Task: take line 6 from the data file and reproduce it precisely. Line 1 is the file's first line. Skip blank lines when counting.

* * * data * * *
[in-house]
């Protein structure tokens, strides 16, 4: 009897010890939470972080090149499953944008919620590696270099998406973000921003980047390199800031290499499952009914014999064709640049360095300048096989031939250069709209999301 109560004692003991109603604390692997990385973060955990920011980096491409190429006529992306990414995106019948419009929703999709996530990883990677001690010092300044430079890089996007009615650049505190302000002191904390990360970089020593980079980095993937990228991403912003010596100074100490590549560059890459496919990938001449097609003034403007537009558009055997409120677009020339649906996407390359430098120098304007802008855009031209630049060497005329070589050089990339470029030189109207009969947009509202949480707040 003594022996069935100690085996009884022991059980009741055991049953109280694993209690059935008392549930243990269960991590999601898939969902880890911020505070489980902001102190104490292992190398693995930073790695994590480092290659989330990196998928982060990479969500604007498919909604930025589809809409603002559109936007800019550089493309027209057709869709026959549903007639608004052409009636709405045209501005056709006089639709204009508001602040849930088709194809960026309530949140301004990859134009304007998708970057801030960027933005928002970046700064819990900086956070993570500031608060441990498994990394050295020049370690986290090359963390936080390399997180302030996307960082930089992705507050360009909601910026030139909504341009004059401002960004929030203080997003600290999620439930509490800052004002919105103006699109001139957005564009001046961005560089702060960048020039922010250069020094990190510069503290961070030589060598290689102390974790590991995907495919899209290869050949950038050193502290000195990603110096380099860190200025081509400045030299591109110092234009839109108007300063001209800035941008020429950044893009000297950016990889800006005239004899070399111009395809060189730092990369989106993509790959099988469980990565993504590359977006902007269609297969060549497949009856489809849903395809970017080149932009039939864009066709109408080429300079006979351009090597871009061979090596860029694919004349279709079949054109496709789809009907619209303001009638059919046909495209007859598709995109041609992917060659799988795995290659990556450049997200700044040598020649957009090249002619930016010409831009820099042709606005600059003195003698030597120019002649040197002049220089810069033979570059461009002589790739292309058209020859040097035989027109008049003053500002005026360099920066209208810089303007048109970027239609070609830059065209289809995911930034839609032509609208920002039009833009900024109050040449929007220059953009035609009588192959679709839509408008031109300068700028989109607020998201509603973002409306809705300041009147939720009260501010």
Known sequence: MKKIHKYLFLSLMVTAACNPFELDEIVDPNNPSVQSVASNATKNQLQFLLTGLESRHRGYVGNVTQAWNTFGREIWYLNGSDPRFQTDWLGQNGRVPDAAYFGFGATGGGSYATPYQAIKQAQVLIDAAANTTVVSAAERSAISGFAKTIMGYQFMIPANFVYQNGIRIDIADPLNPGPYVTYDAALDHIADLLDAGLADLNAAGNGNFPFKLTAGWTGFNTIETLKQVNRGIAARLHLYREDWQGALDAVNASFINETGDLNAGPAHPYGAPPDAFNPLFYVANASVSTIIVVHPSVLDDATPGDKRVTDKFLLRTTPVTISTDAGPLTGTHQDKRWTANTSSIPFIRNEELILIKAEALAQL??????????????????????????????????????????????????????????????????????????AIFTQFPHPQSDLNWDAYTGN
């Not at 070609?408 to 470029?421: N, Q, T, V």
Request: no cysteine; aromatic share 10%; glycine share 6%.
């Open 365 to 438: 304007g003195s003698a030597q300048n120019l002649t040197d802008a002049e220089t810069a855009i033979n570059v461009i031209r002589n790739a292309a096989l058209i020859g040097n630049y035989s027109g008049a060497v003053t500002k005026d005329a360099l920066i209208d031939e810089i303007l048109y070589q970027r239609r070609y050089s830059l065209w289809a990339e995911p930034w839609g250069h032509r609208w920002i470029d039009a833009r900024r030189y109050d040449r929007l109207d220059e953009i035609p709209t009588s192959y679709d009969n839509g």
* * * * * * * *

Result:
């Open 365 to 438: 304007g003195s003698a030597q300048n120019l002649t040197d802008a002049e220089t810069a855009i033979n570059v461009i031209r002589n790739a292309a096989l058209i020859g040097n630049y035989s027109g008049a060497v003053t500002k005026d005329a360099l920066i209208d031939e810089i303007l048109y070589q970027r239609r070609y050089s830059l065209w289809a990339e995911p930034w839609g250069h032509r609208w920002i470029d039009a833009r900024r030189y109050d040449r929007l109207d220059e953009i035609p709209t009588s192959y679709d009969n839509g």